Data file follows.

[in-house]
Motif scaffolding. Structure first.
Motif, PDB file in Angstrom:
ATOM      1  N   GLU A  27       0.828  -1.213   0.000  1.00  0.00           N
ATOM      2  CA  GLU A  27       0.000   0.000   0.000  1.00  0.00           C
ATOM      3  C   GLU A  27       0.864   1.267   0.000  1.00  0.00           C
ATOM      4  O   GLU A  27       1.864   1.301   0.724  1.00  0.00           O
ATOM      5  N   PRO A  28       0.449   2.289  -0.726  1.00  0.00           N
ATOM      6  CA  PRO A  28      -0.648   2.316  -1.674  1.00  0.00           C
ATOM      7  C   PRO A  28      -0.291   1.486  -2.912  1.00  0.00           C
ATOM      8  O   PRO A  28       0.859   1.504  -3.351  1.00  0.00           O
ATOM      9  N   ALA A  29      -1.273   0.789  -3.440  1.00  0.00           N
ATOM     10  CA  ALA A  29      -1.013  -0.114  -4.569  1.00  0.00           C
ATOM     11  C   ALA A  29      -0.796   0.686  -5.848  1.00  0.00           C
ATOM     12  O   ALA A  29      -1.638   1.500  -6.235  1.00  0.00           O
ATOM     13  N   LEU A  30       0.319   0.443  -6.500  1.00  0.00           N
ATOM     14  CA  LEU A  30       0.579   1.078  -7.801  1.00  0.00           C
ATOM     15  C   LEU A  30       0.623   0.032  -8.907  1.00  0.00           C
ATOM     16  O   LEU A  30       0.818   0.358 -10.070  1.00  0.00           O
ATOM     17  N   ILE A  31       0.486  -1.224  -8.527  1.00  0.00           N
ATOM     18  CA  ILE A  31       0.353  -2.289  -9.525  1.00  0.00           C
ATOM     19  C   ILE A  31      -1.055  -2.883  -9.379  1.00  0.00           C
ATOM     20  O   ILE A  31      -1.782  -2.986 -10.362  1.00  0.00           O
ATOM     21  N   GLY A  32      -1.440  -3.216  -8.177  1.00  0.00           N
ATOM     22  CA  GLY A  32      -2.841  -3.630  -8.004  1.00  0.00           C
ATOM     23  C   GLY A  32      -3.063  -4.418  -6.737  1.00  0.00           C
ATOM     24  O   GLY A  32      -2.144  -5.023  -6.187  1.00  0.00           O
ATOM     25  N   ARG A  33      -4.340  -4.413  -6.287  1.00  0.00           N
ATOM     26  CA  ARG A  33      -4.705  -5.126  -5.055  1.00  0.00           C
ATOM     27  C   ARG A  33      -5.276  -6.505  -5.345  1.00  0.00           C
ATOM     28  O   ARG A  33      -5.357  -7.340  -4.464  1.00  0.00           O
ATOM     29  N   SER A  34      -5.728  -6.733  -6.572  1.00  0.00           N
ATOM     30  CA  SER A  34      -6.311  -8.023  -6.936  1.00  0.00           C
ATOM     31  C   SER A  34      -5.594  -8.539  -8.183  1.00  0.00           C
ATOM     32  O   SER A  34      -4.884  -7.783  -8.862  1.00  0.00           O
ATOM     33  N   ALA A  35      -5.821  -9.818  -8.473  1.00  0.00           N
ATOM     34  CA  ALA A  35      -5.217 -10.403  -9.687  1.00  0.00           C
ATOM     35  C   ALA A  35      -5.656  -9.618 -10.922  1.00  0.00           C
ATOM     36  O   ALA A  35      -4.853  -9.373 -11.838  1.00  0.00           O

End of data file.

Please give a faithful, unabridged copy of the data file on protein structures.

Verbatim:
[in-house]
Motif scaffolding. Structure first.
Motif, PDB file in Angstrom:
ATOM      1  N   GLU A  27       0.828  -1.213   0.000  1.00  0.00           N
ATOM      2  CA  GLU A  27       0.000   0.000   0.000  1.00  0.00           C
ATOM      3  C   GLU A  27       0.864   1.267   0.000  1.00  0.00           C
ATOM      4  O   GLU A  27       1.864   1.301   0.724  1.00  0.00           O
ATOM      5  N   PRO A  28       0.449   2.289  -0.726  1.00  0.00           N
ATOM      6  CA  PRO A  28      -0.648   2.316  -1.674  1.00  0.00           C
ATOM      7  C   PRO A  28      -0.291   1.486  -2.912  1.00  0.00           C
ATOM      8  O   PRO A  28       0.859   1.504  -3.351  1.00  0.00           O
ATOM      9  N   ALA A  29      -1.273   0.789  -3.440  1.00  0.00           N
ATOM     10  CA  ALA A  29      -1.013  -0.114  -4.569  1.00  0.00           C
ATOM     11  C   ALA A  29      -0.796   0.686  -5.848  1.00  0.00           C
ATOM     12  O   ALA A  29      -1.638   1.500  -6.235  1.00  0.00           O
ATOM     13  N   LEU A  30       0.319   0.443  -6.500  1.00  0.00           N
ATOM     14  CA  LEU A  30       0.579   1.078  -7.801  1.00  0.00           C
ATOM     15  C   LEU A  30       0.623   0.032  -8.907  1.00  0.00           C
ATOM     16  O   LEU A  30       0.818   0.358 -10.070  1.00  0.00           O
ATOM     17  N   ILE A  31       0.486  -1.224  -8.527  1.00  0.00           N
ATOM     18  CA  ILE A  31       0.353  -2.289  -9.525  1.00  0.00           C
ATOM     19  C   ILE A  31      -1.055  -2.883  -9.379  1.00  0.00           C
ATOM     20  O   ILE A  31      -1.782  -2.986 -10.362  1.00  0.00           O
ATOM     21  N   GLY A  32      -1.440  -3.216  -8.177  1.00  0.00           N
ATOM     22  CA  GLY A  32      -2.841  -3.630  -8.004  1.00  0.00           C
ATOM     23  C   GLY A  32      -3.063  -4.418  -6.737  1.00  0.00           C
ATOM     24  O   GLY A  32      -2.144  -5.023  -6.187  1.00  0.00           O
ATOM     25  N   ARG A  33      -4.340  -4.413  -6.287  1.00  0.00           N
ATOM     26  CA  ARG A  33      -4.705  -5.126  -5.055  1.00  0.00           C
ATOM     27  C   ARG A  33      -5.276  -6.505  -5.345  1.00  0.00           C
ATOM     28  O   ARG A  33      -5.357  -7.340  -4.464  1.00  0.00           O
ATOM     29  N   SER A  34      -5.728  -6.733  -6.572  1.00  0.00           N
ATOM     30  CA  SER A  34      -6.311  -8.023  -6.936  1.00  0.00           C
ATOM     31  C   SER A  34      -5.594  -8.539  -8.183  1.00  0.00           C
ATOM     32  O   SER A  34      -4.884  -7.783  -8.862  1.00  0.00           O
ATOM     33  N   ALA A  35      -5.821  -9.818  -8.473  1.00  0.00           N
ATOM     34  CA  ALA A  35      -5.217 -10.403  -9.687  1.00  0.00           C
ATOM     35  C   ALA A  35      -5.656  -9.618 -10.922  1.00  0.00           C
ATOM     36  O   ALA A  35      -4.853  -9.373 -11.838  1.00  0.00           O